I’m putting together a character bible for a short shifter story I want to submit to an open call at Dreamspinner Press. That in and of itself is not unusual. I usually end up doing an unholy amount of planning for short stories that I may not even touch for novel length works, just because if I don’t know where I’m going I have almost no way of getting the story done under word count. (In this case, it tops out at 18,000 words, which isn’t actually that constraining, but still makes me sweat.) I’m the worst at trying to write short stories, though I’m working on it.
(Writing short stories is a skill, my friend. Don’t let anyone make fun of the short story. They’re so much harder to write than books.)
Anyway, I decided to use a sheet of questions for my character bible that isn’t the typical questions I use (I have about 50 that I’ve compiled myself over the last few years.) I figured, what the hell. A short story would be the perfect time to try out these new questions.
Well, here’s one of the questions:
How does your couple express love for each other? (Examples: Acts of service, physical touch, words of affirmation, quality time, or receiving gifts?)
I laughed and laughed. These are from the book The Five Love Languages, which, a good while ago, I had a therapist tell my husband and I to look into. We’re two of those people who love each other more than anything, but don’t necessarily communicate the best, which leads to misunderstandings that don’t need to happen. I’d never considered breaking down the love needs of my characters in quite that way. There is a list of about twenty questions in the book I’m talking about that helps you determine what you need to be happy in love. Acts of service are things like: your partner washes your car or takes out the trash. That’s what I scored highest on. Mow the lawn for me? You’ve got the inroads to my heart. My husband scored highest on physical touch and words of affirmation. We’re polar opposites in so many ways, yet still we work. He likes it when I cuddle him (which I like too!) and tell him how wonderful he is. In my own life I realized how easy it is to get away from doing simple things like that when there are a million and one other things that need to happen in a day.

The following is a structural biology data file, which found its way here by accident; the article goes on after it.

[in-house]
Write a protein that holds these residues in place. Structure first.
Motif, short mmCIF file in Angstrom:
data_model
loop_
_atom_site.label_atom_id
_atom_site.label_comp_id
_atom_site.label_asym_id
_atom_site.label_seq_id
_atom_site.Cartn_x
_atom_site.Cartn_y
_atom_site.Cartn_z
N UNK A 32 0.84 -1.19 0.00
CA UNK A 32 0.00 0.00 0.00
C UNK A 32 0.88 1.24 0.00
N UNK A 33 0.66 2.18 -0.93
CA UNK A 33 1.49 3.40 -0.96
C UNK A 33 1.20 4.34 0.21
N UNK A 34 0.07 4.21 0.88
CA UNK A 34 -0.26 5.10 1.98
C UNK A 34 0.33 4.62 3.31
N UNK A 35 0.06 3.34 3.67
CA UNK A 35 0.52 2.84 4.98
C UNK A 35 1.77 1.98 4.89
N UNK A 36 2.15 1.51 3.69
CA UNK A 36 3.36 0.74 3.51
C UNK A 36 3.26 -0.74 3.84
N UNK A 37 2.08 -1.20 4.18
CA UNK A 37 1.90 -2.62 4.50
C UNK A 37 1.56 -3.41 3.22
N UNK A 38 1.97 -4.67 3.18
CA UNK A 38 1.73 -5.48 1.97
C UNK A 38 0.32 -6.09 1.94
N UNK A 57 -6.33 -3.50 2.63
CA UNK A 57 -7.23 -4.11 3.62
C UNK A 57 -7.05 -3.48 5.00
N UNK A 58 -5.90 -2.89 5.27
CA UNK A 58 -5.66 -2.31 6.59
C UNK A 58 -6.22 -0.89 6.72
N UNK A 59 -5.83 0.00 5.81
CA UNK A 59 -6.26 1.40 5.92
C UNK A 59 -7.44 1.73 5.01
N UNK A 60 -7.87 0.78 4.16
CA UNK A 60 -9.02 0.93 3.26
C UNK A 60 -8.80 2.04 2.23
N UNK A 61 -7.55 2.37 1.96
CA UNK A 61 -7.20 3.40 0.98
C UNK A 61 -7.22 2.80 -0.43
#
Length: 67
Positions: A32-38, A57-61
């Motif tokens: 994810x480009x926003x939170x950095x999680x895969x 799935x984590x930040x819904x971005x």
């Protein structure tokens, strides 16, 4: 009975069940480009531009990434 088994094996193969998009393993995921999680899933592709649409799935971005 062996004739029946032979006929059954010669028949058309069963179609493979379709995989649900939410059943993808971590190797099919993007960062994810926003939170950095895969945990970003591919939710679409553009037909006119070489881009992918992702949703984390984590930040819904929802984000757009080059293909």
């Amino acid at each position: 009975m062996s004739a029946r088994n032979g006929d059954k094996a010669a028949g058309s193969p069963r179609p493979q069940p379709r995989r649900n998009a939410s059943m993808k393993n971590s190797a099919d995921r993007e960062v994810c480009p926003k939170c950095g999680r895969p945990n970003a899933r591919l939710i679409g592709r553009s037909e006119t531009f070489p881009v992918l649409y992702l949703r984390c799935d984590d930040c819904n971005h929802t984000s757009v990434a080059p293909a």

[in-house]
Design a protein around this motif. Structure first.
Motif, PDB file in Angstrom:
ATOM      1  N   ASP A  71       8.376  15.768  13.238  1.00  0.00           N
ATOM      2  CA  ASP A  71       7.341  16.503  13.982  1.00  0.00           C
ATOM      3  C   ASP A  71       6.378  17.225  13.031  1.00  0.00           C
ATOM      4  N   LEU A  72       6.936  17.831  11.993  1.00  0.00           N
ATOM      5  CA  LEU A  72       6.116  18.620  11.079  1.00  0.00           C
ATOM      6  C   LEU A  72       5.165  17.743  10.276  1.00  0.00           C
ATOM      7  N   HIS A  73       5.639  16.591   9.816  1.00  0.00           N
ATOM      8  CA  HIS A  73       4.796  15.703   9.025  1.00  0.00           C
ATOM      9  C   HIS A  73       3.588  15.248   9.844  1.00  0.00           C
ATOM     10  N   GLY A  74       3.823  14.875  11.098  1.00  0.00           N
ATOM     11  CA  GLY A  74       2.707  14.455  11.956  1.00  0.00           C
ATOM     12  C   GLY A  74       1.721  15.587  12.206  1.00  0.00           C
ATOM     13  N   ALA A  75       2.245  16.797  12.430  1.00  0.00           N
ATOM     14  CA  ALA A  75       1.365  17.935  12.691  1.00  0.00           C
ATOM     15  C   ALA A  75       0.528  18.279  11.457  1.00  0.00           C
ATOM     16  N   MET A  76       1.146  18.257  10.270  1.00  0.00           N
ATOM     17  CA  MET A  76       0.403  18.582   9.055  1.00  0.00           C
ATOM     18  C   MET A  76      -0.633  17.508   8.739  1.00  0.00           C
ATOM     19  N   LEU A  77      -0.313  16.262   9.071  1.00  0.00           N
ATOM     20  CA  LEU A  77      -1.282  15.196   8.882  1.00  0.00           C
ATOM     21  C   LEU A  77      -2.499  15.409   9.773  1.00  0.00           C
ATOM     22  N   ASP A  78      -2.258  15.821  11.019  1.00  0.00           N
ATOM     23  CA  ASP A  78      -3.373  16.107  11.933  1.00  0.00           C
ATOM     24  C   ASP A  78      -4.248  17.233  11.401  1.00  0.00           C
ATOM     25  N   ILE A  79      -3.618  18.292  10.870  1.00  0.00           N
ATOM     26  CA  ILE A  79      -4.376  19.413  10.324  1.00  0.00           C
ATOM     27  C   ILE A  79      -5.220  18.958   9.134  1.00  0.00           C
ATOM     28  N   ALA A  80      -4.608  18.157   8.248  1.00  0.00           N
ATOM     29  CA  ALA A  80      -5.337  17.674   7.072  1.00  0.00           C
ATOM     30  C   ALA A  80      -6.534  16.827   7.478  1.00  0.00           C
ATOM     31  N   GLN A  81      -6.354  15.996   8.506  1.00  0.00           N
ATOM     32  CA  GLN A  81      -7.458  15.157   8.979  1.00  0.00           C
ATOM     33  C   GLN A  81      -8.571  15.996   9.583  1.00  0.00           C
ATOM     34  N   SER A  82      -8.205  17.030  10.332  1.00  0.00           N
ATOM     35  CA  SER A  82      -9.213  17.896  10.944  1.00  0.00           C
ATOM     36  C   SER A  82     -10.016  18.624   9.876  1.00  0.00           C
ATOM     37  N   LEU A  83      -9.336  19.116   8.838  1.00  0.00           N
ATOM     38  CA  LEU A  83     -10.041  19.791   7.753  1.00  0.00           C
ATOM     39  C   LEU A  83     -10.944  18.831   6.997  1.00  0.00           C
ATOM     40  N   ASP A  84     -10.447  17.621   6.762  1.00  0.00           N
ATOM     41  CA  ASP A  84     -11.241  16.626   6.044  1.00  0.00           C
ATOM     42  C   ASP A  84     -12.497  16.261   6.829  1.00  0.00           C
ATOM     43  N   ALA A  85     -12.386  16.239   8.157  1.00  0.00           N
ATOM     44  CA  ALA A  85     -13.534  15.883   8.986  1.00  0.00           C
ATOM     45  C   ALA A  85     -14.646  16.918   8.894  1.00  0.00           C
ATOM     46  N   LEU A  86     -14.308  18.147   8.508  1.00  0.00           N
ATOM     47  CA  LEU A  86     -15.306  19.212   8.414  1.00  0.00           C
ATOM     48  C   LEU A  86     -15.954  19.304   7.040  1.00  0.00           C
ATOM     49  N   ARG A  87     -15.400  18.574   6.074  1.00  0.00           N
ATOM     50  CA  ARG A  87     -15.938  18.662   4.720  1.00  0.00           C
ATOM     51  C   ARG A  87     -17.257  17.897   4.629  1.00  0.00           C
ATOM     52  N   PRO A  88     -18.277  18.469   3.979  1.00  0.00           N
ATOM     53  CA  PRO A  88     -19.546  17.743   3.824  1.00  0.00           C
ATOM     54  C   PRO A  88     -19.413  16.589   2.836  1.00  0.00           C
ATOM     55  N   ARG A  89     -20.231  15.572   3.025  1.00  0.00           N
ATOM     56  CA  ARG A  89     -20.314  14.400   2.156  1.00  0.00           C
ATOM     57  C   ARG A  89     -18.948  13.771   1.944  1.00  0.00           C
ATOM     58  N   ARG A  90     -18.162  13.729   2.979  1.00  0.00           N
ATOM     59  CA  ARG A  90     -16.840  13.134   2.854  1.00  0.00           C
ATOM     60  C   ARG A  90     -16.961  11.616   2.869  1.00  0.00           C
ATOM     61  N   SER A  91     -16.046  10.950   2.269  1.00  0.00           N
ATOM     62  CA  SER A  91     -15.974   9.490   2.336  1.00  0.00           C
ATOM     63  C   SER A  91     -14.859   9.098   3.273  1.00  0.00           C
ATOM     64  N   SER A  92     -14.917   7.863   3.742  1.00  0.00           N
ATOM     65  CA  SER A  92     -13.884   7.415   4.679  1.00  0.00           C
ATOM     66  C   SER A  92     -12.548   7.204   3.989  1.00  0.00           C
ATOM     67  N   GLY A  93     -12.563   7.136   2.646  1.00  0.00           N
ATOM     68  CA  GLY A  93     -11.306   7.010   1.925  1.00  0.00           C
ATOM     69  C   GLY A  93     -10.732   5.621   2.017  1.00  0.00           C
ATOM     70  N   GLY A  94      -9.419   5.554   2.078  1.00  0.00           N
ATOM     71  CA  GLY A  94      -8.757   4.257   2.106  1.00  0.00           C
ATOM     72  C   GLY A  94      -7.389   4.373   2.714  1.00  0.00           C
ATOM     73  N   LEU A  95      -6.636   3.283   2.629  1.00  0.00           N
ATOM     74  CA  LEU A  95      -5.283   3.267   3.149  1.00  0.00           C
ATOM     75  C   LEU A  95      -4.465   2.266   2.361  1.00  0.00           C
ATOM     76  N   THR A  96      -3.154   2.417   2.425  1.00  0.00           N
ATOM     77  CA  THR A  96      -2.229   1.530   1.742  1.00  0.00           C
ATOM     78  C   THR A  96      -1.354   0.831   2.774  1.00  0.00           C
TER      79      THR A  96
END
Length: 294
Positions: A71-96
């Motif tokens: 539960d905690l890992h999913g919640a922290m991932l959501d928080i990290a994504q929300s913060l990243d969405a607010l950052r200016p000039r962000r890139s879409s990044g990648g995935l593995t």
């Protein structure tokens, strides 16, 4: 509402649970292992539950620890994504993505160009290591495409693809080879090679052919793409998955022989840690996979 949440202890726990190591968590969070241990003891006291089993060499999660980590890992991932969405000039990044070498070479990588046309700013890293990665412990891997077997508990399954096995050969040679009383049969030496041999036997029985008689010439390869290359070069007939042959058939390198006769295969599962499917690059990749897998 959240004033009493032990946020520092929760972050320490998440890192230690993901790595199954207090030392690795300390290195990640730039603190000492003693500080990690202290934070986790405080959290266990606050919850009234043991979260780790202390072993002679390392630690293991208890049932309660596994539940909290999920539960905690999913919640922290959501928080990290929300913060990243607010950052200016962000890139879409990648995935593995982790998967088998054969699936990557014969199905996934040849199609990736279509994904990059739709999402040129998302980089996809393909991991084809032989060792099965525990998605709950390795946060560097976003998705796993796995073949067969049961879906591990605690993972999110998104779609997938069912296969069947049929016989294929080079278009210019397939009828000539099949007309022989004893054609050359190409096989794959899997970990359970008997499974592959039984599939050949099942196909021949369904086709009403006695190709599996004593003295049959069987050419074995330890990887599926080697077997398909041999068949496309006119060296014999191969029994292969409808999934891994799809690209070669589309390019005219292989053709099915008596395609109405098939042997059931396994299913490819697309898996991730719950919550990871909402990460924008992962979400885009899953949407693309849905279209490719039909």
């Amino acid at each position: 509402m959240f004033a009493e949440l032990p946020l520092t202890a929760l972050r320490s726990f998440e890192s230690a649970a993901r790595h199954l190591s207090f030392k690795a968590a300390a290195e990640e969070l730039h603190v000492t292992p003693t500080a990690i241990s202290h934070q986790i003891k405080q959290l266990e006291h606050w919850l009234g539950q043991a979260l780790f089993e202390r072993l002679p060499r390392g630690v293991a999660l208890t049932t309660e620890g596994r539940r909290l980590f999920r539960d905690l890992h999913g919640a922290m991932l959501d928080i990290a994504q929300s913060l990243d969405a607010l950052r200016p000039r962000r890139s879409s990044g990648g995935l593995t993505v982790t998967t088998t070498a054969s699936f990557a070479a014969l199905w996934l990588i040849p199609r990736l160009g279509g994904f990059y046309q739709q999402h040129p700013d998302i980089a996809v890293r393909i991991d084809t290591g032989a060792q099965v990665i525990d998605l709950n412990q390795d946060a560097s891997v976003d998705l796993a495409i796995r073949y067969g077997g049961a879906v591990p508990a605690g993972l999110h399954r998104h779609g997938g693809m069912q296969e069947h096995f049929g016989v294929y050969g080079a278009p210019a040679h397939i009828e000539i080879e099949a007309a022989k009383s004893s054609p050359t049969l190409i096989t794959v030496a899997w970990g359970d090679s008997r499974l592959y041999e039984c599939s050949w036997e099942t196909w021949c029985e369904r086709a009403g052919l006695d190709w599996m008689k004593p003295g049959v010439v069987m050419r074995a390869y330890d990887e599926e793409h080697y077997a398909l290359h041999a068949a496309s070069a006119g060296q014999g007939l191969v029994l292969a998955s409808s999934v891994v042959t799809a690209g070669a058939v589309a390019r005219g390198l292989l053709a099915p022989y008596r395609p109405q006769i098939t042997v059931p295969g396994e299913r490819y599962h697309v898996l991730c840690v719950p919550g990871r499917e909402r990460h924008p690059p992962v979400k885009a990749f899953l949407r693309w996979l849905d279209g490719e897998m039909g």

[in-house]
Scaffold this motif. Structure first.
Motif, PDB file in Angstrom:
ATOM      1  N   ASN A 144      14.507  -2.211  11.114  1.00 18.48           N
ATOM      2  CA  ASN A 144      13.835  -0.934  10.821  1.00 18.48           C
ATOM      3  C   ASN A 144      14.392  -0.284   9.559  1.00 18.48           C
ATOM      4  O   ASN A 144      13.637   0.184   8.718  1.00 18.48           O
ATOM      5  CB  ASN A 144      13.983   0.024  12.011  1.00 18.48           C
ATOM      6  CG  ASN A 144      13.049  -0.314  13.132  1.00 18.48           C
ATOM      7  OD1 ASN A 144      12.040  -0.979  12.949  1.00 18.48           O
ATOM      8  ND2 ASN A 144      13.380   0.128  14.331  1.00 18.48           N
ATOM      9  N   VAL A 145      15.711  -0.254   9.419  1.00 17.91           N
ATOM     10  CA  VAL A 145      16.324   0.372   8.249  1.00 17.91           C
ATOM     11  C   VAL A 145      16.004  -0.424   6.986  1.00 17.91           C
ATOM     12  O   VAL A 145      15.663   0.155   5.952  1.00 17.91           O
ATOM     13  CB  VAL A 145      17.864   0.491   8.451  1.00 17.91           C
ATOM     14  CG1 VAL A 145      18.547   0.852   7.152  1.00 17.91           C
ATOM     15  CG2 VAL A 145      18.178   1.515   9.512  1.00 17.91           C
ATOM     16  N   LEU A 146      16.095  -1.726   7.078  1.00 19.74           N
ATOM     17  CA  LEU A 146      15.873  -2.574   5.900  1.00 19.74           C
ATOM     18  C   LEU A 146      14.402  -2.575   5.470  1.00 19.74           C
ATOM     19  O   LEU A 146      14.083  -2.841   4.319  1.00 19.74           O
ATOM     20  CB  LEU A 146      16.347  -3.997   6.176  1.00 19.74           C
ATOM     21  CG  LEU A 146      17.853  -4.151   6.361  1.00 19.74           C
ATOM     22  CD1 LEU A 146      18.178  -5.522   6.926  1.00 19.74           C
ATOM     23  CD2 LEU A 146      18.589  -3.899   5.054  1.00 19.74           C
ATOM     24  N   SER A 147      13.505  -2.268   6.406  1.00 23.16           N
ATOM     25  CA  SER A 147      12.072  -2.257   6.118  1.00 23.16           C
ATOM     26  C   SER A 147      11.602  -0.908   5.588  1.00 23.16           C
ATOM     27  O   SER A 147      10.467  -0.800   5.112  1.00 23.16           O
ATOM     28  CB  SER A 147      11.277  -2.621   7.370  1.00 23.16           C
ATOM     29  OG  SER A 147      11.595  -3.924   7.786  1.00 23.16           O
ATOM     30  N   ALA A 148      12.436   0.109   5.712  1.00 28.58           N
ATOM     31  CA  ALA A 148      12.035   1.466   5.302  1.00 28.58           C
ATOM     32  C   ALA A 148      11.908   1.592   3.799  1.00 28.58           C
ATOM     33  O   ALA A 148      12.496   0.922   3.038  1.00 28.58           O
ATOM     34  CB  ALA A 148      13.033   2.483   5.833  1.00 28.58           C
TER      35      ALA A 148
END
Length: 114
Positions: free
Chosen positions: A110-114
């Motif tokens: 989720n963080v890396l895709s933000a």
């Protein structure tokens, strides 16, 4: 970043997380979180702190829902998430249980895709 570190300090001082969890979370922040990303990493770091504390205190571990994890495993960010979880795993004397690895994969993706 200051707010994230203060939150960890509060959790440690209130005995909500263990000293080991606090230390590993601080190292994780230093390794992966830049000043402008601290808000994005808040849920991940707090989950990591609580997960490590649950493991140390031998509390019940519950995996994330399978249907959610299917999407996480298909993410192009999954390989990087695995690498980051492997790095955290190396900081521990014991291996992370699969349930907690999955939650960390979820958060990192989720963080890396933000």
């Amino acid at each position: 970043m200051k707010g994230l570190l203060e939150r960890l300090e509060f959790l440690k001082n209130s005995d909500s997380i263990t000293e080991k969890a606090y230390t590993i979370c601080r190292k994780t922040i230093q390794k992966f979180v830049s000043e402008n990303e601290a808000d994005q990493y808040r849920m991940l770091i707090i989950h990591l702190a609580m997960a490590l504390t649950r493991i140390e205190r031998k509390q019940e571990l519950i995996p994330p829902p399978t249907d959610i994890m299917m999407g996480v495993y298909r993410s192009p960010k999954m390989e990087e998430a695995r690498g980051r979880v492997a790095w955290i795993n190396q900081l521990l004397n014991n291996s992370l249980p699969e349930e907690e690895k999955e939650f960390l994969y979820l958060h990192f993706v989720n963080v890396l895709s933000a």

It’s easy to avoid things like HOW a character loves when I’m writing because they’re all in the honeymoon stage. The ooey gooey goo goo eyes, I LOVE YOU, stage, but it’s good to remember in real life, and just all around for character development, that over time people’s true temperaments are going to be slightly different than that head over heels stage. That’s not good or bad or any other thing, it just is. And sometimes we have to take the time to get to know our lovers all over again after a year or so if we want to keep them happy. We have to pay attention. We have to take an interest in them.
I know that sounds stupid, you have to take an interest in someone you see every day, but it’s easy to start taking someone for granted. My goal is to love the people in my life in such a way that they never feel like they’re extras. I want everyone, from my lover to my best friend, to feel like they matter. That’s not always easy because there is only so much time in a day, but if you know what those people need from you most—be it cuddles and touches or for you to change the oil in their car—it makes each relationship easier to maintain.
And, damn it, a hot sweaty man who has just re-roofed my house is where it’s at.
You can pre-order my book The Shape of Honey! It’s a m/m werewolf romance!